Since I was lucky enough to read an advanced reader copy (ARC) of Red and Black, I knew I had to know more behind the book! This is a fantastic debut novel — I hope you’re inclined to pick it up after reading this interview with the author. You can find my review of the book here.
ABOUT THE BOOK
Dawn Takahashi knows a thing or two about superheroes, from the fictional ones that populate her favorite comic books, to the real-life vigilantes who keep people safe. When she’s granted an impressive set of powers of her own, she dives right in, eager to prove herself as Bailey City’s first legitimate superhero. Dressed in red and black, Dawn spends her nights jumping from rooftop to rooftop, apprehending criminals with a smile. But by day, she finds her interactions marred by crippling social awkwardness.
Alex Gage is used to life giving him the short end of the stick, from his working-class upbringing, to the recent death of his mother. He works hard to support his younger sisters, hiding his anger and frustration behind laid back charm. It’s this charm that first draws Alex and Dawn together, but their secrets may tear them apart. Because while Dawn protects the city against threats, Alex unknowingly undermines her efforts by working as a henchman for Calypso, a mysterious woman who can make anyone loyal to her with a single touch of her hand.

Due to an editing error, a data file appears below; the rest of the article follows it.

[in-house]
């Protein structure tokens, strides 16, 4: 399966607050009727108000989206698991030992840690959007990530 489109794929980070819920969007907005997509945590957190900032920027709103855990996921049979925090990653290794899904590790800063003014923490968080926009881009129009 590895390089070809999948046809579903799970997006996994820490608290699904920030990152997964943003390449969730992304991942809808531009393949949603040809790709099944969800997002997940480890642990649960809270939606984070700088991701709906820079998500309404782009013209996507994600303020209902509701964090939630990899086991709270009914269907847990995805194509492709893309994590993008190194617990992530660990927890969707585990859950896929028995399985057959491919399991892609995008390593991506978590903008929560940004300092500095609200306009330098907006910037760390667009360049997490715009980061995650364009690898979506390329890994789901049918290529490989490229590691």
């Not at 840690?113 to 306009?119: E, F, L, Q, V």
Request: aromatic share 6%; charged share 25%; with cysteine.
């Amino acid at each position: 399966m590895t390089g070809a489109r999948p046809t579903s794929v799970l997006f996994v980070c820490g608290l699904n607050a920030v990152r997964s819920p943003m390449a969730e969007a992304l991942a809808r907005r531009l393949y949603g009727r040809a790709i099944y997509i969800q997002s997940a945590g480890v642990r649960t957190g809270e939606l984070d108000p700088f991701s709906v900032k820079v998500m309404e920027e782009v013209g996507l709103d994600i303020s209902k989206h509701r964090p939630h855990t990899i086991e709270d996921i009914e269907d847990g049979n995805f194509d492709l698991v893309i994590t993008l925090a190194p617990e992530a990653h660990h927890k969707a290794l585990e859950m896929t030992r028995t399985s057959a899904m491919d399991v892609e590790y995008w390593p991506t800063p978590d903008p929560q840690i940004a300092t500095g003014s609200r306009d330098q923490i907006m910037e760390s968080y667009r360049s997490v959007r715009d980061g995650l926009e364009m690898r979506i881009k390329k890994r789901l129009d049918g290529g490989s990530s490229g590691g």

It’s the classic story of boy meets girl. And hero versus villain. Where only one side can win.
You’ve called this book an urban fantasy with superheroes. What will appeal to fans to both genres?
I feel like I’m cheating a little bit here, because the urban fantasy and superhero genres are already so closely related. Both typically feature a modern day (usually city-like) settings and fantastical elements. Combine this with the fact that the supernatural aspects of urban fantasy worlds are often hidden, and many urban fantasy characters already have something like secret identities.
Red and Black was born out of my love for both genres. It has the taping of a superhero story, including superpowers, masks, and codenames. At the same time, it’s structured much like my favorite urban fantasy books. This includes a first-person perspective, quick pacing, and a prominent secondary romance. Continue reading